For starters, why is it set in Puerto Rico? Why, halfway through, does the script suddenly decide the film is taking place over Thanksgiving? Why introduce a potential plot obstacle in the form of suspicious cops halfway through, about which Keanu literally says, “So, that just happened,” and then drop it entirely? Why tell Alice Eve (as Keanu’s wife) the Joey Tribbiani School of Acting try-to-do-long-division-in-your-head technique is really the proper acting choice to make when playing a scene where your character learns she is a clone of a dead woman? Why does Thomas Middleditch (as Keanu’s friend and co-worker) use just about every scene to warn, essentially “sometimes dead is betta” only for that to end up being the least of their problems? Why do we reach the end of the movie without either of the kids in the story discovering they are clones despite several obvious moments for the parents to fill them in?

Those, however, are just some of the questions you could ask of the movie’s plot. There are probably far more questions which beg to be asked of the director (whose last movie came out when GW was still President) and producers.

Like, for example, are they aware how fishy this all seems?

As the AVClub joked, “One could be forgiven for wondering if Replicas is a real film. The poster, after all, with its bifurcated headshot and nonsensical tagline (“Some humans are unstoppable”—whatever that means), is the type of thing you might see hanging on the wall of a fictional producer’s office in a bad Hollywood satire. The distributor, meanwhile, is the hilariously fake-sounding Entertainment Studios Motion Pictures, while the production company is called, no joke, Company Films.”

Ahhh, setting it in Puerto Rico makes more sense now. That allowed them to go somewhere tropical to film the thing and adds to the vibe that if this is not actually the giant tax-shelter byproduct it appears to be then it is at the very least an obvious paycheck-vacation gig for all involved.

Where’s the plot going? What are the character motivations? What’s the point of any of it? Why are their robots in my movie about clones? All questions to worry about on real movies. Not Replicas, though. This is just a thing that happened to result from some well-paid vacations. Like similar prior films to fit that description (Jaws 4: The Revenge), Replicas is enjoyably terrible and does present some reward for the so bad, it’s good crowd. Robo-Keanu’s arrival is easily my favorite movie moment in quite some time. They didn’t mean for it to be funny, but when you’re on vacation who cares.


  1. I love a good bad review, in the tradition of Roger Ebert. This could almost have been written by him, because sometimes his bad reviews were better than the actual movie.

    Do we have a list now of the worst movies of 2018, yet?

    1. I tend to avoid writing these kinds of reviews because the internet, #FilmTwitter and online film culture, in general, is already a den of so much negativity. I’m reluctant to add more to that overwhelming noise. So, it takes either a truly terrible movie or a bad version of an IP I like (for example, Suicide Squad) to fire me up enough to feel compelled to write about it.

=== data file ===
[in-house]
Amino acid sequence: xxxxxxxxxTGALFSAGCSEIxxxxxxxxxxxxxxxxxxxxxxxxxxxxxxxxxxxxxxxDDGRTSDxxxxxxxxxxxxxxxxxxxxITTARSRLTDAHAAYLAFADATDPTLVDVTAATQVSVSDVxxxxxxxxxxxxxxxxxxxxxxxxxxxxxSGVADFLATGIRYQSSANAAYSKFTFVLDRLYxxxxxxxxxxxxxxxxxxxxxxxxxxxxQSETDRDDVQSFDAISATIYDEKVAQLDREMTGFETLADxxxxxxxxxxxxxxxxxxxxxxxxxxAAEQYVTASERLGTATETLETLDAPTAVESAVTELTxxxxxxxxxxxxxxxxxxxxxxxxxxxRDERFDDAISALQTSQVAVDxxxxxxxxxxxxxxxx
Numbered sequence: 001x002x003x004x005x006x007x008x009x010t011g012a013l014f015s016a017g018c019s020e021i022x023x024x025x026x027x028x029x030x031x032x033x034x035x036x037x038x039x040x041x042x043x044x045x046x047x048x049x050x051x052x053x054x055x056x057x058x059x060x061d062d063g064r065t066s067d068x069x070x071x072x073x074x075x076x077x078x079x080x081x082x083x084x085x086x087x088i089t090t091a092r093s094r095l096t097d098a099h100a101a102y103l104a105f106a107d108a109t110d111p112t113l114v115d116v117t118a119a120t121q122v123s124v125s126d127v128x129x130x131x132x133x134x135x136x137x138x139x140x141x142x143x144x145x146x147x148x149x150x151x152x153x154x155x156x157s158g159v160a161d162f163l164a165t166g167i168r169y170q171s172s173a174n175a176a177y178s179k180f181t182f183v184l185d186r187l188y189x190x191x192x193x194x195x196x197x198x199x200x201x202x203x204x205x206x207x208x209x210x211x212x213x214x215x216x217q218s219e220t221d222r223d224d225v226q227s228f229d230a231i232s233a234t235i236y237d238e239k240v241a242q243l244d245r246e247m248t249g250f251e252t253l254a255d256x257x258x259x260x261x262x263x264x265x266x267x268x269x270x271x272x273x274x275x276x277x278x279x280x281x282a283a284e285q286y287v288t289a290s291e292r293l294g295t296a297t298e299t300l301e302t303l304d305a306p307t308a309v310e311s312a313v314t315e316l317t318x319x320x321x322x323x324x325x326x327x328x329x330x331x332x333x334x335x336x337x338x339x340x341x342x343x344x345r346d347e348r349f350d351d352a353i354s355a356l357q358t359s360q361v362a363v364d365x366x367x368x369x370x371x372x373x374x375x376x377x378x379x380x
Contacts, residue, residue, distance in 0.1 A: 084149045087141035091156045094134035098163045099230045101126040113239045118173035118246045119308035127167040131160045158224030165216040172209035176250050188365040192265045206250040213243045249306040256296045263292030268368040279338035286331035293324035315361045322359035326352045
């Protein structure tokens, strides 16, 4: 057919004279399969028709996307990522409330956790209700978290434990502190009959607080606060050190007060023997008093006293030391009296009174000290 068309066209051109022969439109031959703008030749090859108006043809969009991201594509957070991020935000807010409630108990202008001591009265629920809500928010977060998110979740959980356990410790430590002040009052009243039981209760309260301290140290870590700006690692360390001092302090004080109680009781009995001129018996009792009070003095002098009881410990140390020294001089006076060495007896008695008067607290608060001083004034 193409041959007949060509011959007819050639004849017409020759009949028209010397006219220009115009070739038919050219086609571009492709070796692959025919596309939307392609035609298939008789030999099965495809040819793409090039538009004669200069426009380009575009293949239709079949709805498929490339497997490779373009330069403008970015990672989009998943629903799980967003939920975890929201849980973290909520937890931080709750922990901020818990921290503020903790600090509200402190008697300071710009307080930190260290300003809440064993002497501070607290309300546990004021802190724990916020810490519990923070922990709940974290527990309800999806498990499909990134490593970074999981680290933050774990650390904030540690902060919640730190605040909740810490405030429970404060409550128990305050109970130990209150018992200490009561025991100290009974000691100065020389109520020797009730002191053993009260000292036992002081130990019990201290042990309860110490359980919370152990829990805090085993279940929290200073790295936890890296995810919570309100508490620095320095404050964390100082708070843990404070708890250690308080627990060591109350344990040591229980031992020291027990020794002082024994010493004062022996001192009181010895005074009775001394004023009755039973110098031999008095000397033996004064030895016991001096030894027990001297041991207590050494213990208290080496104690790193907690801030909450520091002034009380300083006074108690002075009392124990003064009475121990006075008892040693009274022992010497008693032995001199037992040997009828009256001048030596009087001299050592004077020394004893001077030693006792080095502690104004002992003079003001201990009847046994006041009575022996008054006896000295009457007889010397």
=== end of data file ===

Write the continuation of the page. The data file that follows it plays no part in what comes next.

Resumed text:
However, you make a good point, which is that Roger Ebert used to do this kind of thing all the time and usually in the most entertaining way, yet not purposefully combative way possible. I, too, always loved a good “I hated this movie” review from Ebert, and while I didn’t seek to emulate him while writing this review I did have a split second where I thought, “Kind of sounds like something Ebert would have said.” So, maybe I should be a little more willing to indulge in this kind of criticism a little more often.

      As for a worst movies of 2018 list, I’ve never really done one of those (not that I can recall, at least) for the same reasons I already outliend above. However, I have to tell you, I really, I reallly, reaaaaaalllllyyyy hated The 15:17 to Paris last year. To talk about that movie might, alone, be a good reason to throw together a worst of ’18 list once I get a couple of other planned articles out of the way.

  2. I Love You to Death: Kevin Kline is a Greek philandering pizzaria owner whose wife wants to kill him by poison? Keanu plays a delivery boy who is supposed to deliver the kill?

    I remember it being a good watch Back in 89

    1. Lifelong respected now granted.

      Except for this: you have the year wrong. I Love You to Death came out in 1990. Off by one year. Other than that, you are generally right. Tracey Ullman plays the wife who orders the hit. River Phoenix is the pizza boy who agrees to help kill Kline because he’s in love with Ullman. Keanu and William Hurt are idiot hitmen they hire.

      I haven’t seen it in a long, long time, though. It’s in that “I think I watched it on HBO a time or two back in the day” category. I vaguely recall there also being a Kirstie Alley movie around that same time with a similar plot. Let me look it up:


      Ah, 1990’s Sibling Rivalry which has…very little in common with I Love You to Death, as it turns out:

      “Marjorie Turner has been married for eight years and is tired of her husband Harry’s neglect and his snooty relatives, most of them doctors. One day her sister, Jeanine, urges her to break out of her rut and have a fling.

      At a grocery store, Marjorie allows herself to be picked up for a quick sexual tryst. Unfortunately, her lover dies during the act. Even more unfortunately, the dead man turns out to be Harry’s long-absent brother.”

      Ah, movies and their crazy plot complications. Bill Pullman and Scott Bakula are also in it.

      1. Not a bad longterm memomry considering I haven’t seen that movie for a zillions years.

        I also remember Kirstie Alley being in the movie where Patrick Dempsy played a pizza delivery kid who kept hooking up with women.

      2. Lover Boy, I think it was called. Always on HBO. Remember the finale where his latest conquest turns out to be his lonely, frustrated mom trying to cheat on his inattentive dad? Ah, the 80s and its incest humor.